This sermon was preached at St John's Purbrook on the Feast of Mary Magdalene - 22 July 2018.
There are rather a lot of Marys to be found in the Gospels. Mary was a very popular name in 1st Century Israel and Judea. We know, of course, of Mary the Mother of Jesus. Then there’s Mary of Bethany (who is sometimes confused with Mary Magdalene, but who was the ‘sinful woman’ who anointed Jesus’ feet, and wiped them with her hair).
There is another Mary – literally called ‘the other Mary’ - whom Matthew lists as part of the group of women who were witnesses to Jesus’ burial. In fact, I rather imagine that – in those days - if you were to stand in the street and call out ‘Mary!’ you’d get quite a few responses!
This makes the task of teasing out the story of Mary Magdalene a little bit of a challenge. So let’s review what we know – and a little bit of the legends which have accreted around her.
Mary was a Jewish woman, who according to all four Gospels travelled with Jesus as one of his followers. She was a witness to his crucifixion, burial and resurrection. According to Matthew, Luke and John’s Gospels, Mary was the one who told Peter and the other male apostles that Jesus had risen from the dead. So, she is often referred to as the ‘apostle to the apostles’.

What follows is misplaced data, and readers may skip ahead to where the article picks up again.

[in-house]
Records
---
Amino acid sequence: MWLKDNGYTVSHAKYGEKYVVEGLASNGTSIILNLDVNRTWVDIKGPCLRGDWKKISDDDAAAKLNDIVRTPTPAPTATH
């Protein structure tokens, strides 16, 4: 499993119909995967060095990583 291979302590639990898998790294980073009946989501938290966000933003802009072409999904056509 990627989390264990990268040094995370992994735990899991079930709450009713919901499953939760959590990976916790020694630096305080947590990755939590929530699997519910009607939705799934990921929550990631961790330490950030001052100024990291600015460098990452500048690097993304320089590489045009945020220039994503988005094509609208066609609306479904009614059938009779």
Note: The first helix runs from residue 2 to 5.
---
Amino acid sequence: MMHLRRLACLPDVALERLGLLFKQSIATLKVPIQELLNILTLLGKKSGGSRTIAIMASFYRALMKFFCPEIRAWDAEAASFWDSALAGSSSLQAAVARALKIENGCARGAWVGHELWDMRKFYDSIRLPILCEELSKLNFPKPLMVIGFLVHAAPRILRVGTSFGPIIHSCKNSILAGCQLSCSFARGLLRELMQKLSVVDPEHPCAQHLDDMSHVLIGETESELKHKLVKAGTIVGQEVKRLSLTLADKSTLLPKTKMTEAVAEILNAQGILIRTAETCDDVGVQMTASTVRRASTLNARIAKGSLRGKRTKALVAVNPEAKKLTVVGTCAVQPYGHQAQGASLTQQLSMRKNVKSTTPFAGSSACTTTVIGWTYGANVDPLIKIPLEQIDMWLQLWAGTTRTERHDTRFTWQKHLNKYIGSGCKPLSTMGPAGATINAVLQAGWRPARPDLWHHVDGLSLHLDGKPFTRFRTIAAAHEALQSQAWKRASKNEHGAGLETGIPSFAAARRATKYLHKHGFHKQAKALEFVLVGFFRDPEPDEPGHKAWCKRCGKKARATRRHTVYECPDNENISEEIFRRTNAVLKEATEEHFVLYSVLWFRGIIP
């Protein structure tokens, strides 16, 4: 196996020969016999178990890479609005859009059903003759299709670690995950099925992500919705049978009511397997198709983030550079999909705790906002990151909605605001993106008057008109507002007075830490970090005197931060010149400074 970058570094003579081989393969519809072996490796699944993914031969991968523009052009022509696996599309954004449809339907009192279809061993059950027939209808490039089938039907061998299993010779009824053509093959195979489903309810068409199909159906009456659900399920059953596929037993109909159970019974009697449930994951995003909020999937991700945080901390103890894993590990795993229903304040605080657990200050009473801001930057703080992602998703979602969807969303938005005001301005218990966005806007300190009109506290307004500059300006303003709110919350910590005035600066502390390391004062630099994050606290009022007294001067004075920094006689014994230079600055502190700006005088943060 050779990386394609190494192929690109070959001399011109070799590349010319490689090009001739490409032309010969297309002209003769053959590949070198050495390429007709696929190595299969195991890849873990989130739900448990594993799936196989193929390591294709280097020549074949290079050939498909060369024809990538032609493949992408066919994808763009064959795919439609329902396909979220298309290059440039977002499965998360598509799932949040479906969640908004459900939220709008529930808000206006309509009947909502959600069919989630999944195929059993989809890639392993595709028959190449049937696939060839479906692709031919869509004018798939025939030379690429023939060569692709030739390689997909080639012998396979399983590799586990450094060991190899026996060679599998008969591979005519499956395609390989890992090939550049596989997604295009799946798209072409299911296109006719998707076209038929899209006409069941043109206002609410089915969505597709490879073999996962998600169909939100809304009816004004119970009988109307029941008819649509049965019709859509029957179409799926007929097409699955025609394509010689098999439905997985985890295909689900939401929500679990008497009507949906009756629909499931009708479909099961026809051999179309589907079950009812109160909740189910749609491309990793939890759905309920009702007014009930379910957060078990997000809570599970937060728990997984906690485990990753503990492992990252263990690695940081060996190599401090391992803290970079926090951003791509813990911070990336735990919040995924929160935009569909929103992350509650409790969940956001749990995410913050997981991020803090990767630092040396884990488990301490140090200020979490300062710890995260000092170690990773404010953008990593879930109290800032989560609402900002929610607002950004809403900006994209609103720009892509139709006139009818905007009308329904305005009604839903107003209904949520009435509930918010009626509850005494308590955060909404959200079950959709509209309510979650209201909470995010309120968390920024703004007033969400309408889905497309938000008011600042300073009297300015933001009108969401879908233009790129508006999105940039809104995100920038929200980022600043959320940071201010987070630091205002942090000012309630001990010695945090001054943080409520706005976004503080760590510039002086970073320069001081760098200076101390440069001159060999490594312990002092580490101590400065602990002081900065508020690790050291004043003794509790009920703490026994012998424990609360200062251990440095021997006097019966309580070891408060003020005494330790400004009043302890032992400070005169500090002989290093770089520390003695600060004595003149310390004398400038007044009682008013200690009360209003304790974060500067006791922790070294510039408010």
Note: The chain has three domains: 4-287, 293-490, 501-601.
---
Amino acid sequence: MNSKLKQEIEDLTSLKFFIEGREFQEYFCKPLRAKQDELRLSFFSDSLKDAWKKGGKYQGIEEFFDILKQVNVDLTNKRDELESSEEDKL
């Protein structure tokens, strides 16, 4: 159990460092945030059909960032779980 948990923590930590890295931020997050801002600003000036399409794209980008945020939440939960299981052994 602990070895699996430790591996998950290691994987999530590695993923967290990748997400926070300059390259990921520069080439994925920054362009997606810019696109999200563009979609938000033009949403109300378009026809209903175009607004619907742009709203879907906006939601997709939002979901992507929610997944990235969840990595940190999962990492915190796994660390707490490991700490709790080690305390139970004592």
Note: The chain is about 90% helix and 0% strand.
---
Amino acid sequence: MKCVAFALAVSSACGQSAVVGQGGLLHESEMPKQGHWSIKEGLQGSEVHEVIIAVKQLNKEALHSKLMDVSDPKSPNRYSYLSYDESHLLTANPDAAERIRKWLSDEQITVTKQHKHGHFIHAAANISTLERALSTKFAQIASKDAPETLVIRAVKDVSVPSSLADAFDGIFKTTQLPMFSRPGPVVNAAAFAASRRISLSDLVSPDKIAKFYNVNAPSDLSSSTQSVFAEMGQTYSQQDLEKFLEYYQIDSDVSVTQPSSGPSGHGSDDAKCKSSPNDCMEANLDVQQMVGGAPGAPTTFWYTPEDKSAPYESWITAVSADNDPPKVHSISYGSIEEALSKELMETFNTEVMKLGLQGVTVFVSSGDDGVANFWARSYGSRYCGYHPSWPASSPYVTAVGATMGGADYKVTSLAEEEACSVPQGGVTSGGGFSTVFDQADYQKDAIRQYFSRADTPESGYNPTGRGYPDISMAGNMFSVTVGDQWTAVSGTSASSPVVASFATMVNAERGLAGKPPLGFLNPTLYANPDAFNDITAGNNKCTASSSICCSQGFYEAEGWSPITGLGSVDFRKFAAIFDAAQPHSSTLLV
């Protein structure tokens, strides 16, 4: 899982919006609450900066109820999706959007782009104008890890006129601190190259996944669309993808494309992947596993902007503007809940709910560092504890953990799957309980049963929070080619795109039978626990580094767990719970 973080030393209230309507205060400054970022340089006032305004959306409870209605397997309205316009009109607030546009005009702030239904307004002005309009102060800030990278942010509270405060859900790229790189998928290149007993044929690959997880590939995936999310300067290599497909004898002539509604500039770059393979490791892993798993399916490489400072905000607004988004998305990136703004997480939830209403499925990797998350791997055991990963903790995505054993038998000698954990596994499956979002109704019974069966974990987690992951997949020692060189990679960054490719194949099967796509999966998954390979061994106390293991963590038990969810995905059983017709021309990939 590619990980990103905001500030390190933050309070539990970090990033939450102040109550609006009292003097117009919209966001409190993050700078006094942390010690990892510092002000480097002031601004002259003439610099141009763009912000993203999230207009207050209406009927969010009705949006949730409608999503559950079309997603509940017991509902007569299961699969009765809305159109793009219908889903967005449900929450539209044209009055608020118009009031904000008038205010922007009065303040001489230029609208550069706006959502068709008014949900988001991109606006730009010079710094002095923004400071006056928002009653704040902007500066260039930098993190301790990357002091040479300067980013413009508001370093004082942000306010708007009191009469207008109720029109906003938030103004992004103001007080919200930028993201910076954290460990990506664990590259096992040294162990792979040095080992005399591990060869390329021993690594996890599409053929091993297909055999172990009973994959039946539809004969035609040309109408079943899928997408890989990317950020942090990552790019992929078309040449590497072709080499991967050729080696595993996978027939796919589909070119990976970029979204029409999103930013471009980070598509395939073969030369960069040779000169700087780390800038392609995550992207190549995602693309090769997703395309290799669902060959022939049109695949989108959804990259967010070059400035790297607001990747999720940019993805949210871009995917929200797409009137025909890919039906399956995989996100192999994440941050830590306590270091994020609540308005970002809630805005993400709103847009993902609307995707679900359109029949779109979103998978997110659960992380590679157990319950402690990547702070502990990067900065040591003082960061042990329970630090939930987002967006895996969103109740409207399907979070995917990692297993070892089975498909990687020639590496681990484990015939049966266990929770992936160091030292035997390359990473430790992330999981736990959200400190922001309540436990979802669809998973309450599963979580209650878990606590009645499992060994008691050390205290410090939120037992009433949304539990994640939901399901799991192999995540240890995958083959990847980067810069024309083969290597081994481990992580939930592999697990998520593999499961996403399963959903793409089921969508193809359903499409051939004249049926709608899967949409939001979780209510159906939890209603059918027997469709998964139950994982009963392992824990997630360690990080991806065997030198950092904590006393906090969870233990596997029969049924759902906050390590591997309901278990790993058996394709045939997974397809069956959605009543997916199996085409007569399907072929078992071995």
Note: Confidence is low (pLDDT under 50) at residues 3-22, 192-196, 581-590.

Mary is actually mentioned by name twelve times in the gospels – more than most of the apostles, in fact. Her ‘surname’, of Magdalene, most likely meant that she came from the fishing town of Magdala, on the shores of the Sea of Galilee.
Luke’s Gospel list’s Mary as one of the women who travelled with Jesus and who helped support his ministry out of their own resources. That indicates that she was probably a wealthy woman. The same passage also states that seven demons had been driven out of her. Seven is a symbolic number in Scripture – meaning completeness. So to say that someone had seven demons in them was to say that they were completely consumed by whatever illness or malady was afflicting them. Clearly, therefore, Mary had reason to be very grateful to Jesus, for the healing that she had received.